But he adds that it is too soon to gauge the quan­tum of new fixed cap­i­tal in­vest­ment since Ramaphosa’s elec­tion.

An­other key in­di­ca­tor of con­fi­dence is the Absa pur­chas­ing man­agers’ in­dex. Its April re­sults will be pub­lished on May 1.

Af­ter re­cov­er­ing in the first two months of the year, the in­dex in March slipped be­low the neu­tral mark of 50 be­tween po­ten­tial ex­pan­sion and con­trac­tion in busi­ness ac­tiv­ity.

The com­pet­ing Stan­dard Bank/Markit pur­chas­ing man­agers’ in­dex will be re­leased on May 4.

The Stan­dard Bank in­dex reg­is­tered 51.1 in March, sig­nalling a mod­est im­prove­ment in busi­ness con­di­tions though the rate of growth eased, Stan­dard Bank says.

The Stan­dard Bank in­dex pro­vides a view of the over­all econ­omy, while Absa’s in­dex is lim­ited to the man­u­fac­tur­ing sec­tor.

The se­condary sec­tor of the econ­omy showed strain in Fe­bru­ary, record­ing muted growth.

NKC African Eco­nomics econ­o­mist El­ize Kruger says the re­sult was dis­ap­point­ing, given that the Absa in­dex had risen above 50 in Fe­bru­ary (though it re­gressed in March).

“The no­table ap­pre­ci­a­tion in the rand ex­change rate since Novem­ber 2017 seems to be im­pact­ing neg­a­tively on man­u­fac­tured ex­ports, while do­mes­tic de­mand re­mains medi­ocre in the light of the in­creased tax bur­den,” Kruger says.

On­go­ing pol­icy un­cer­tainty has also con­strained spend­ing, she says.

Man­u­fac­tur­ing could con­trib­ute neg­a­tively to first-quar­ter GDP growth in 2018 if the de­cline in the pace of growth has not been re­versed in March.

Ten­sions be­tween the US and China could also neg­a­tively af­fect the do­mes­tic man­u­fac­tur­ing sec­tor, says Kruger.

Data on man­u­fac­tur­ing pro­duc­tion and sales for March will be pub­lished on May 10. Min­ing out­put fig­ures will be re­leased on the same day.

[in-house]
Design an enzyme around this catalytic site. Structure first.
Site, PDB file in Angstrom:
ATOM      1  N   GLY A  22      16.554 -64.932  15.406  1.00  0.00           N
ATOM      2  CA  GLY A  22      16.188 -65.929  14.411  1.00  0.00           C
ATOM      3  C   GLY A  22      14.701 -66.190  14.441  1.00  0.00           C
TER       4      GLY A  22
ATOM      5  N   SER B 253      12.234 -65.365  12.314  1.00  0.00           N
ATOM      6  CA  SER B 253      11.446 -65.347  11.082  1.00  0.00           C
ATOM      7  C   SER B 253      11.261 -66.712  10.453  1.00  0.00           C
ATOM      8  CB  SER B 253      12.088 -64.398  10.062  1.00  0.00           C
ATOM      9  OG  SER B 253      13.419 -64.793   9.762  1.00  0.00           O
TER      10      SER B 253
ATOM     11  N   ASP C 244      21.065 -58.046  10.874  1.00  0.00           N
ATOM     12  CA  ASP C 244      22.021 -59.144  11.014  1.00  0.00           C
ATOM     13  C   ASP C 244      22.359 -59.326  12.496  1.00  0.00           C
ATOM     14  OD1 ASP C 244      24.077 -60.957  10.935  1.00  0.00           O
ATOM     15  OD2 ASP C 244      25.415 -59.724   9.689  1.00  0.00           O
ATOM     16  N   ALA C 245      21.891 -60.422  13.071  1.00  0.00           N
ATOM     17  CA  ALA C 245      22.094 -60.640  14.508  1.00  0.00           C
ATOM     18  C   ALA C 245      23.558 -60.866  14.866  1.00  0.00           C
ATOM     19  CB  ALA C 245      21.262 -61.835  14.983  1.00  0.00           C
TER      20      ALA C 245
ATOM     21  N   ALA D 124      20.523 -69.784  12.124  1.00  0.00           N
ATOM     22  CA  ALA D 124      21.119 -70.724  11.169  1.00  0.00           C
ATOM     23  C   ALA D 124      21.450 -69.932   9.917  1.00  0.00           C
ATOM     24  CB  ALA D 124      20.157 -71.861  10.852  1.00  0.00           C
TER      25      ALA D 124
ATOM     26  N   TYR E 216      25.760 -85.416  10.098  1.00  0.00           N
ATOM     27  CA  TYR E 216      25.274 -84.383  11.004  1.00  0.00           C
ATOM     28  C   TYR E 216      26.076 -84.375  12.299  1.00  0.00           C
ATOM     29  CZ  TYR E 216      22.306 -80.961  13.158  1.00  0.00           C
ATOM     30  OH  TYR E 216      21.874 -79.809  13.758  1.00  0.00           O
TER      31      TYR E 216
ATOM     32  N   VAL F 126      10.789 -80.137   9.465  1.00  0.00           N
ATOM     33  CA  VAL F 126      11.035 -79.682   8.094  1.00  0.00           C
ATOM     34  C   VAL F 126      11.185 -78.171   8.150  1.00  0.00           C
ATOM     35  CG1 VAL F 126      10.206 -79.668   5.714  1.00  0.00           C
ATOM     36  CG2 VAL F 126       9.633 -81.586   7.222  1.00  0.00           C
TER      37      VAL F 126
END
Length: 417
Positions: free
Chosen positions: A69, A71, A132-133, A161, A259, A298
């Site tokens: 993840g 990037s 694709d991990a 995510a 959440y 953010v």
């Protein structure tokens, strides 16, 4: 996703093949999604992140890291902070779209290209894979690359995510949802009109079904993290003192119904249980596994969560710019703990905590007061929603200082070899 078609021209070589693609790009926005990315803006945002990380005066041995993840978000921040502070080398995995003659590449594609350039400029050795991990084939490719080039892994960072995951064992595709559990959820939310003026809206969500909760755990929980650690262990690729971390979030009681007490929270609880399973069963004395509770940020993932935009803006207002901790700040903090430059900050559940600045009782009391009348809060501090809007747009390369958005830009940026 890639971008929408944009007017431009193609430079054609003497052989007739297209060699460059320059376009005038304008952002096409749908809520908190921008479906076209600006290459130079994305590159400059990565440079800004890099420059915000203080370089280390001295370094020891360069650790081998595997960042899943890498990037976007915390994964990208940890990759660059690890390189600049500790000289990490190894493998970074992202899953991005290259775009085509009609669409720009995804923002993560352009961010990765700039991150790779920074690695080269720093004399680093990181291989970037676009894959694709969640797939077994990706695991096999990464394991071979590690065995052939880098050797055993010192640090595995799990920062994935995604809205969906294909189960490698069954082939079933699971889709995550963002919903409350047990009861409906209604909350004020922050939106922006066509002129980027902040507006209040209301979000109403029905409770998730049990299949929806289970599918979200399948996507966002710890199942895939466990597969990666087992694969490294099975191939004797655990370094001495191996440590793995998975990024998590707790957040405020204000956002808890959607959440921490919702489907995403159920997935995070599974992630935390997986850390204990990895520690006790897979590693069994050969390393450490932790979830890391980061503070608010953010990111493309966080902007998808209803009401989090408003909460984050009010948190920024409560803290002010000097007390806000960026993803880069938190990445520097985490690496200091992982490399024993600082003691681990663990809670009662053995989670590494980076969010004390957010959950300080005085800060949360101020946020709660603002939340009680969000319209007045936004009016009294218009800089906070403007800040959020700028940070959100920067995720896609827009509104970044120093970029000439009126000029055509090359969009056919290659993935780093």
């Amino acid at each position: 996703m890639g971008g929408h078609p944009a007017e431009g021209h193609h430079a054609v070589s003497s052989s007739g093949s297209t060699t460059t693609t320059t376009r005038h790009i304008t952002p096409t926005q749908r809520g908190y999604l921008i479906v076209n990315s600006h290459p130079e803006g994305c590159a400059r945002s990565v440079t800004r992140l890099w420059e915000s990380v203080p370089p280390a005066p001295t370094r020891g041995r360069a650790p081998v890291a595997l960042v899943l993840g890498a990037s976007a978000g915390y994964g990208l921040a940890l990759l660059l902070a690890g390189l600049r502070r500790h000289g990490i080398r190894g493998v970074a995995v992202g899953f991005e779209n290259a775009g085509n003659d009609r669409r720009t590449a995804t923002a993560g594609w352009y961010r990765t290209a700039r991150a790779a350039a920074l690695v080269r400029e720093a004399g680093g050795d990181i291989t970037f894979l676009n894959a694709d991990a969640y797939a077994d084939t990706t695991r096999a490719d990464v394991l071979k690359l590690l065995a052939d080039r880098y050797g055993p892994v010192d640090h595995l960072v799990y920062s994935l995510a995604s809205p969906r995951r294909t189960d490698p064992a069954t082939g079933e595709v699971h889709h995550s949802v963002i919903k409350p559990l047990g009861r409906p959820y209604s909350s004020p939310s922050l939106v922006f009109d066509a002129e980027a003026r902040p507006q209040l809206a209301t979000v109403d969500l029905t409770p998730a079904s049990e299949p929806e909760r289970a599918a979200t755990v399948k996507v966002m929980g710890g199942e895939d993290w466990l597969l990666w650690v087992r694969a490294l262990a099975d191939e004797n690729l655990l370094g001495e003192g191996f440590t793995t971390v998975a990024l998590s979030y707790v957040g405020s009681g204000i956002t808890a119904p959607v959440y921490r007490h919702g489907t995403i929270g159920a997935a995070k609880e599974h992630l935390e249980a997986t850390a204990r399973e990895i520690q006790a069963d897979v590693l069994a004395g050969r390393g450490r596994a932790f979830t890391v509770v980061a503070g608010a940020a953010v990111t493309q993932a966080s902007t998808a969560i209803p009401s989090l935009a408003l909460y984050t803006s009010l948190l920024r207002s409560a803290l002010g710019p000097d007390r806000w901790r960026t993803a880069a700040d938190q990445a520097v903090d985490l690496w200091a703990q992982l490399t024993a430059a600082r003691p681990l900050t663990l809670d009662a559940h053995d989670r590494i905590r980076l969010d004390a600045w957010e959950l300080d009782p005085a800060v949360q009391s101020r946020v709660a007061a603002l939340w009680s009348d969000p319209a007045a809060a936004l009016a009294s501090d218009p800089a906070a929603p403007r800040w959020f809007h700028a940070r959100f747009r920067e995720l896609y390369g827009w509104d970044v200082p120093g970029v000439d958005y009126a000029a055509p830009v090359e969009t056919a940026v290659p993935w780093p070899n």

In Fe­bru­ary, min­ing ex­panded by a bet­ter-than-ex­pected 3.1% year on year, but pol­icy chal­lenges re­main a stum­bling block to in­vest­ment.

Makwe Masilela, chief in­vest­ment of­fi­cer at Makwe Fund Man­agers, says: “The in­dus­try is bleed­ing. Not­ing that the last time we had a de­cent shaft sunk was in about 1987 — that tells you that the sec­tor has not had de­cent in­vest­ments other than in open-cast and shal­low min­ing.”

But the sit­u­a­tion seems set to im­prove un­der the di­rec­tion of new min­eral re­sources min­is­ter Gwede Man­tashe. Man­tashe in­di­cated in April that he would not ap­peal a high court rul­ing that min­ing com­pa­nies could not be pe­nalised if their em­pow­er­ment cre­den­tials dropped be­low 26%. It also ruled that firms are not com­pelled to launch a new sale of shares in a BEE sale if they have done so pre­vi­ously.

The min­istry says: “Our main fo­cus at the mo­ment is the fi­nal­i­sa­tion and gazetting of the [min­ing] char­ter and the MPRDA [Min­eral & Pe­tro­leum Re­sources De­vel­op­ment Act] so we can get back to the busi­ness of min­ing.”

Te­bello Cha­bana, Cham­ber of Mines se­nior ex­ec­u­tive for pub­lic af­fairs & trans­for­ma­tion, says lines of com­mu­ni­ca­tion be­tween the in­dus­try and min­istry re­main open. He says the cham­ber is in agree­ment with the min­is­ter’s be­lief that trans­for­ma­tion, com­pet­i­tive­ness and growth are “mu­tu­ally re­in­forc­ing goals”.

The min­is­ter has es­tab­lished two task teams to work con­cur­rently on is­sues in the min­ing sec­tor. One is fo­cused on trans­for­ma­tion; the other on com­pet­i­tive­ness and growth.

“It is still very early days, and the cham­ber re­mains of the view that a prac­ti­ca­ble and work­able out­come that all par­ties to the char­ter can ac­cept and de­fend is in the best in­ter­ests of the in­dus­try and all stake­hold­ers,” says Cha­bana.